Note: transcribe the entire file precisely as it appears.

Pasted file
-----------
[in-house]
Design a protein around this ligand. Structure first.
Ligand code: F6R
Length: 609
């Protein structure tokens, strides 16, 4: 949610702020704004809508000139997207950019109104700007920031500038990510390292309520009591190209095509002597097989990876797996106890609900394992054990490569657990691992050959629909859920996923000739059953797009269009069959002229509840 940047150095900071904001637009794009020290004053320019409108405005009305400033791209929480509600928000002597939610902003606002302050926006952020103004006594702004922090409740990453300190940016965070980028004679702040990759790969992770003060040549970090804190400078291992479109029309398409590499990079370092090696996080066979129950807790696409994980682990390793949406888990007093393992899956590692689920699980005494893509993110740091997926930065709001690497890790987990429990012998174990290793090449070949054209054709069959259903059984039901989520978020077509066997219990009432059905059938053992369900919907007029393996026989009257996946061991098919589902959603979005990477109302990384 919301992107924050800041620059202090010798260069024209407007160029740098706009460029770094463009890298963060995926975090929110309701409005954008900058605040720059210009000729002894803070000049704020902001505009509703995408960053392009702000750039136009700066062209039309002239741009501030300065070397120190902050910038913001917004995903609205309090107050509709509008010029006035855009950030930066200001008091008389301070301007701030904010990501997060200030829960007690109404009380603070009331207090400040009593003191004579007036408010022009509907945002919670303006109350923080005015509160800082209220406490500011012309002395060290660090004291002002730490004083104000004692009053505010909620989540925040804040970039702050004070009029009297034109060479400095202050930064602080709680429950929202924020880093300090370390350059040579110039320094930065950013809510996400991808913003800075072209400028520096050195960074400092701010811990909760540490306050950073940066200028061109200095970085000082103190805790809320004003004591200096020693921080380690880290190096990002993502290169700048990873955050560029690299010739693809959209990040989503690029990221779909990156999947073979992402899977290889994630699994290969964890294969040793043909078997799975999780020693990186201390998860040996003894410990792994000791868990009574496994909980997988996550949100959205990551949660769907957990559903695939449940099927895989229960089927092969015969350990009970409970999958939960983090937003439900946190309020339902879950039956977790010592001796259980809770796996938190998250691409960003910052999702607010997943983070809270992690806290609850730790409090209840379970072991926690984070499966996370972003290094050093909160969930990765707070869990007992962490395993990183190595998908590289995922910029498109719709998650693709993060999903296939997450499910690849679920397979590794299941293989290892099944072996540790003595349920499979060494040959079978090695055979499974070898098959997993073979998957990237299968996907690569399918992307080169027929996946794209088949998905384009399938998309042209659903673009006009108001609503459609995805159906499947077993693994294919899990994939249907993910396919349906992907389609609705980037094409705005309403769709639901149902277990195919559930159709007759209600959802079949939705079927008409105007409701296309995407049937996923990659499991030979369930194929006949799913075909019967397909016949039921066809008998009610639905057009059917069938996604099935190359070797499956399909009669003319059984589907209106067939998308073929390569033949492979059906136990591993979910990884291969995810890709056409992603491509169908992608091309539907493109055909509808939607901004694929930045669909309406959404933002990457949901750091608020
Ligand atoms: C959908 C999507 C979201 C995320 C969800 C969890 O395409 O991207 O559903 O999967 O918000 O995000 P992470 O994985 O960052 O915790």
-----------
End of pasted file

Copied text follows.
[in-house]
Design a protein around this ligand. Structure first.
Ligand code: F6R
Length: 609
């Protein structure tokens, strides 16, 4: 949610702020704004809508000139997207950019109104700007920031500038990510390292309520009591190209095509002597097989990876797996106890609900394992054990490569657990691992050959629909859920996923000739059953797009269009069959002229509840 940047150095900071904001637009794009020290004053320019409108405005009305400033791209929480509600928000002597939610902003606002302050926006952020103004006594702004922090409740990453300190940016965070980028004679702040990759790969992770003060040549970090804190400078291992479109029309398409590499990079370092090696996080066979129950807790696409994980682990390793949406888990007093393992899956590692689920699980005494893509993110740091997926930065709001690497890790987990429990012998174990290793090449070949054209054709069959259903059984039901989520978020077509066997219990009432059905059938053992369900919907007029393996026989009257996946061991098919589902959603979005990477109302990384 919301992107924050800041620059202090010798260069024209407007160029740098706009460029770094463009890298963060995926975090929110309701409005954008900058605040720059210009000729002894803070000049704020902001505009509703995408960053392009702000750039136009700066062209039309002239741009501030300065070397120190902050910038913001917004995903609205309090107050509709509008010029006035855009950030930066200001008091008389301070301007701030904010990501997060200030829960007690109404009380603070009331207090400040009593003191004579007036408010022009509907945002919670303006109350923080005015509160800082209220406490500011012309002395060290660090004291002002730490004083104000004692009053505010909620989540925040804040970039702050004070009029009297034109060479400095202050930064602080709680429950929202924020880093300090370390350059040579110039320094930065950013809510996400991808913003800075072209400028520096050195960074400092701010811990909760540490306050950073940066200028061109200095970085000082103190805790809320004003004591200096020693921080380690880290190096990002993502290169700048990873955050560029690299010739693809959209990040989503690029990221779909990156999947073979992402899977290889994630699994290969964890294969040793043909078997799975999780020693990186201390998860040996003894410990792994000791868990009574496994909980997988996550949100959205990551949660769907957990559903695939449940099927895989229960089927092969015969350990009970409970999958939960983090937003439900946190309020339902879950039956977790010592001796259980809770796996938190998250691409960003910052999702607010997943983070809270992690806290609850730790409090209840379970072991926690984070499966996370972003290094050093909160969930990765707070869990007992962490395993990183190595998908590289995922910029498109719709998650693709993060999903296939997450499910690849679920397979590794299941293989290892099944072996540790003595349920499979060494040959079978090695055979499974070898098959997993073979998957990237299968996907690569399918992307080169027929996946794209088949998905384009399938998309042209659903673009006009108001609503459609995805159906499947077993693994294919899990994939249907993910396919349906992907389609609705980037094409705005309403769709639901149902277990195919559930159709007759209600959802079949939705079927008409105007409701296309995407049937996923990659499991030979369930194929006949799913075909019967397909016949039921066809008998009610639905057009059917069938996604099935190359070797499956399909009669003319059984589907209106067939998308073929390569033949492979059906136990591993979910990884291969995810890709056409992603491509169908992608091309539907493109055909509808939607901004694929930045669909309406959404933002990457949901750091608020
Ligand atoms: C959908 C999507 C979201 C995320 C969800 C969890 O395409 O991207 O559903 O999967 O918000 O995000 P992470 O994985 O960052 O915790």